US Secretary of State Clinton and High Representative for EU Foreign Policy Ashton pose alongside members of the Bosnia and Herzegovina Tri-Presidency in Sarajevo (Reuters)

Human rights watchdog Amnesty International has urged Serbia to address the thousands of outstanding claims of sexual violence from the Bosnian war of the 1990s.

Amnesty has said that from 1992-95 tens of thousands women were subject to "torture, including often systematic and repeated rape, sexual slavery, forced pregnancy and other crimes of sexual violence," in the Serb enclave inside Bosnia-Herzegovina.

"The silence surrounding the wartime rape of women in [Serbia] is deafening," said John Dalhuisen, Europe and Central Asia programme director at Amnesty.

"Almost 20 years after the end of the conflict, the cruel failure to ensure justice for survivors of wartime sexual violence must at last be brought out of the shadows if the survivors themselves are to rebuild their lives and their families, communities and societies are to heal," Dalhuisen said.

Fewer than 40 cases of sexual violence against women have been prosecuted by Bosnia's courts or by the International Criminal Court, where former Bosnian Serb leader Radovan Karadzic is on trial on charges of genocide and war crimes.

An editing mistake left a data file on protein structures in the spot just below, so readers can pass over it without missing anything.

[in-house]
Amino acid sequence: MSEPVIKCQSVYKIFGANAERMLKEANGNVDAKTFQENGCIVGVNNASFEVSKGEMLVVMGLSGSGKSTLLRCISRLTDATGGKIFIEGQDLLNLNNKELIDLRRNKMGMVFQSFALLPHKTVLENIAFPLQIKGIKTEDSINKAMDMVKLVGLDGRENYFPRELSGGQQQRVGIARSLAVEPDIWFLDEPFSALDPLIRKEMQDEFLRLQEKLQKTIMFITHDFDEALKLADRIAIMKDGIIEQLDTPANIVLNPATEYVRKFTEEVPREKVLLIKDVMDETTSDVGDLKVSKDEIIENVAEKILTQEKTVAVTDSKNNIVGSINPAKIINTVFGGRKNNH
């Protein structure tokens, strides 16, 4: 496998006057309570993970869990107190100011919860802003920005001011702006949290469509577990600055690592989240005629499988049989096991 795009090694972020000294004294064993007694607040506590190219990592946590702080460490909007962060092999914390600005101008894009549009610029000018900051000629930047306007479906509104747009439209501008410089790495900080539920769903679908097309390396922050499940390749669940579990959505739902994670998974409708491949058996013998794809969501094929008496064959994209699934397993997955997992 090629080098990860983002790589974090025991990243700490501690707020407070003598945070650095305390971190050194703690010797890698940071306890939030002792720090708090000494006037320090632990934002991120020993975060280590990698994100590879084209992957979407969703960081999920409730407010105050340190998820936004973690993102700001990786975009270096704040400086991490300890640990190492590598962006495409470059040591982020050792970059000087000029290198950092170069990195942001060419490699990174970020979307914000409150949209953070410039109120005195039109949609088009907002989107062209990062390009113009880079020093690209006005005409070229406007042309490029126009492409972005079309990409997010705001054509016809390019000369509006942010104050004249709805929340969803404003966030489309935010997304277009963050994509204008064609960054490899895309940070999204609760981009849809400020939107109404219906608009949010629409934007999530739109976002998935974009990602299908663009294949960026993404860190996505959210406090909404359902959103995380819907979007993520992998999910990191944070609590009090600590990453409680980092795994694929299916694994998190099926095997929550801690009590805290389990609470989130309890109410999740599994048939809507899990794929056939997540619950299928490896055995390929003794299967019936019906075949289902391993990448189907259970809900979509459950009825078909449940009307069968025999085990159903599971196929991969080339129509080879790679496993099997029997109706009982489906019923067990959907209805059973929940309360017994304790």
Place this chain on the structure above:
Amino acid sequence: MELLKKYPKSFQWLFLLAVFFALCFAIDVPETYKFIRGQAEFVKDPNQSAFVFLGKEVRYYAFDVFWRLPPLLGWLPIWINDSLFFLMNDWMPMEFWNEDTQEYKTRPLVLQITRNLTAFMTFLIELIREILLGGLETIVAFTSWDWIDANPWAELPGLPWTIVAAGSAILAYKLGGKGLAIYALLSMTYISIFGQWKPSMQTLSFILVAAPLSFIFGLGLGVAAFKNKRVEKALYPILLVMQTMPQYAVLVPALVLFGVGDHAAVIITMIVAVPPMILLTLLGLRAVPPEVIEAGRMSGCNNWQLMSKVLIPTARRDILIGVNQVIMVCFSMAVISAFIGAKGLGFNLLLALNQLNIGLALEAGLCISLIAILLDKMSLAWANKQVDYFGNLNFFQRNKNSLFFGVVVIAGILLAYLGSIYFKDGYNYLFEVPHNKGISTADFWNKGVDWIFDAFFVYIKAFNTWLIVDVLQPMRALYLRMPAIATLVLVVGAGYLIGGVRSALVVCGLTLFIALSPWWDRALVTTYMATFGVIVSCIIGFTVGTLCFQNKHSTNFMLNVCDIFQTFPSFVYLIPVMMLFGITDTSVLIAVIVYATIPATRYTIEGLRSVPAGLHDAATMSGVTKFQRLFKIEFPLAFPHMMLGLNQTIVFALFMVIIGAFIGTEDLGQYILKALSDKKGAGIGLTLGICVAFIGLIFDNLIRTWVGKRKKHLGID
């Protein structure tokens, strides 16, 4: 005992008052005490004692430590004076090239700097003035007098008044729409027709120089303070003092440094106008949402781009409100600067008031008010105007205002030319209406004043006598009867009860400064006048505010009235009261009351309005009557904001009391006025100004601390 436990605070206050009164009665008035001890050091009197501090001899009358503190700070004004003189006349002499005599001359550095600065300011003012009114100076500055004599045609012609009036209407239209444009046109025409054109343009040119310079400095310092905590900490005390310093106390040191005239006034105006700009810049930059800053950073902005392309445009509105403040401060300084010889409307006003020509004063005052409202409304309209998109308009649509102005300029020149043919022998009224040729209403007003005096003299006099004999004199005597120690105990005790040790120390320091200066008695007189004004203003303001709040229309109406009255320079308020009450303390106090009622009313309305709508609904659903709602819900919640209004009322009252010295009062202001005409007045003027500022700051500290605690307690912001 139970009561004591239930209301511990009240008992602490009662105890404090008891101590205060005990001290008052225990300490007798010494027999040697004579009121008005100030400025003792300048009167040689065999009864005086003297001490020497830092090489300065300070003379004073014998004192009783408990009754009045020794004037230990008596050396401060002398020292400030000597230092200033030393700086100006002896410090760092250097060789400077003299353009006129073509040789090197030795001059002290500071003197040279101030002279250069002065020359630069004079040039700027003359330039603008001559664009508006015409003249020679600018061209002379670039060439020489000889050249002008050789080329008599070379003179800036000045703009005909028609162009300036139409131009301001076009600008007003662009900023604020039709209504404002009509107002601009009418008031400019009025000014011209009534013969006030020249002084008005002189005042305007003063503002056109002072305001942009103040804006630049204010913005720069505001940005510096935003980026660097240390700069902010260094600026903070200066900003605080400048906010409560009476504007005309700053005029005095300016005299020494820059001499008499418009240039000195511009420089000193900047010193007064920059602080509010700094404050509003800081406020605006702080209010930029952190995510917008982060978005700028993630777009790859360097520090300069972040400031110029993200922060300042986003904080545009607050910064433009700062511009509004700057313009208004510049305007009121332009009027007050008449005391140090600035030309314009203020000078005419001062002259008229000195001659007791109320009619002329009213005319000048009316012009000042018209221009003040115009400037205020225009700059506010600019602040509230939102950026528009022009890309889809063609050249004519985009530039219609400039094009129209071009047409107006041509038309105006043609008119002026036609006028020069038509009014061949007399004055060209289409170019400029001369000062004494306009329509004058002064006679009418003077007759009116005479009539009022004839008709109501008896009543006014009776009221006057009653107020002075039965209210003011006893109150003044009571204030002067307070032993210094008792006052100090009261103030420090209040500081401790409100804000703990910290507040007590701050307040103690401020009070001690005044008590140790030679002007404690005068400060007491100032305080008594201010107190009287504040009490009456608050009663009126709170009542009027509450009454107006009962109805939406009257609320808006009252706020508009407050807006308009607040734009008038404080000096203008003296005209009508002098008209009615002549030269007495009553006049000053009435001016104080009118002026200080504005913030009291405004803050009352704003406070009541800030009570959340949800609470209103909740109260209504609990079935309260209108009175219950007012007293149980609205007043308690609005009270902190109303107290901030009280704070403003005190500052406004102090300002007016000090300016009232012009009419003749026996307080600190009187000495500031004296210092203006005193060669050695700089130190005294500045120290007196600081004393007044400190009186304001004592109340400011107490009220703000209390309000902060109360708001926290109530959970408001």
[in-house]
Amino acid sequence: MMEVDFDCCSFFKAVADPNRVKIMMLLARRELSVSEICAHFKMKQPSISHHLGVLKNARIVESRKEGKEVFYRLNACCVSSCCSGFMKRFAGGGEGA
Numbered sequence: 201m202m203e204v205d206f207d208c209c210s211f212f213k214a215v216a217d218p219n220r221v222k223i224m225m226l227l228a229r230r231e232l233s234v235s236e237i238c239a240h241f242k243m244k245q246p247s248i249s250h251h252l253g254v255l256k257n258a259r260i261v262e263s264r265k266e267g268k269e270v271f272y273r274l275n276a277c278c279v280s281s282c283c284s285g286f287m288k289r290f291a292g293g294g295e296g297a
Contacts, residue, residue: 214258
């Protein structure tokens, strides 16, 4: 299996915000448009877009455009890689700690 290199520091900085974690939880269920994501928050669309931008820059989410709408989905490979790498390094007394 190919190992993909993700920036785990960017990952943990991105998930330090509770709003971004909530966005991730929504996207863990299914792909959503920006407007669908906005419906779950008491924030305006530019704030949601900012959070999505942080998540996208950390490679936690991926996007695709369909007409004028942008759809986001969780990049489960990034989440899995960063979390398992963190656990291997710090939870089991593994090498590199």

"The authorities must identify the number of survivors of wartime rape and look into their needs. They must ensure that the public health system is well-equipped to provide the survivors with the necessary medical and psychological care," Dalhuisen said.

Amnesty's appeal followed a visit to Bosnia-Herzegovina by US Secretary of State Hillary Clinton and European Union security and foreign policy chief Catherine Ashton.

They called for Bosnia to join the European Union and Nato and to resolve the internal disputes that still separate Serbs, Muslims and Croats.

"Political leaders in Bosnia-Herzegovina must do what the majority of citizens want and that's Euro-Atlantic integrations. Bosnia-Herzegovina has no time to waste on unproductive talks," Ashton told the Bosnia-Herzegovina's three presidents, each of whom represents one of the major ethnic groups.

"It is unacceptable that 17 years after the war some question the sovereignty and territorial integrity of Bosnia," added Clinton.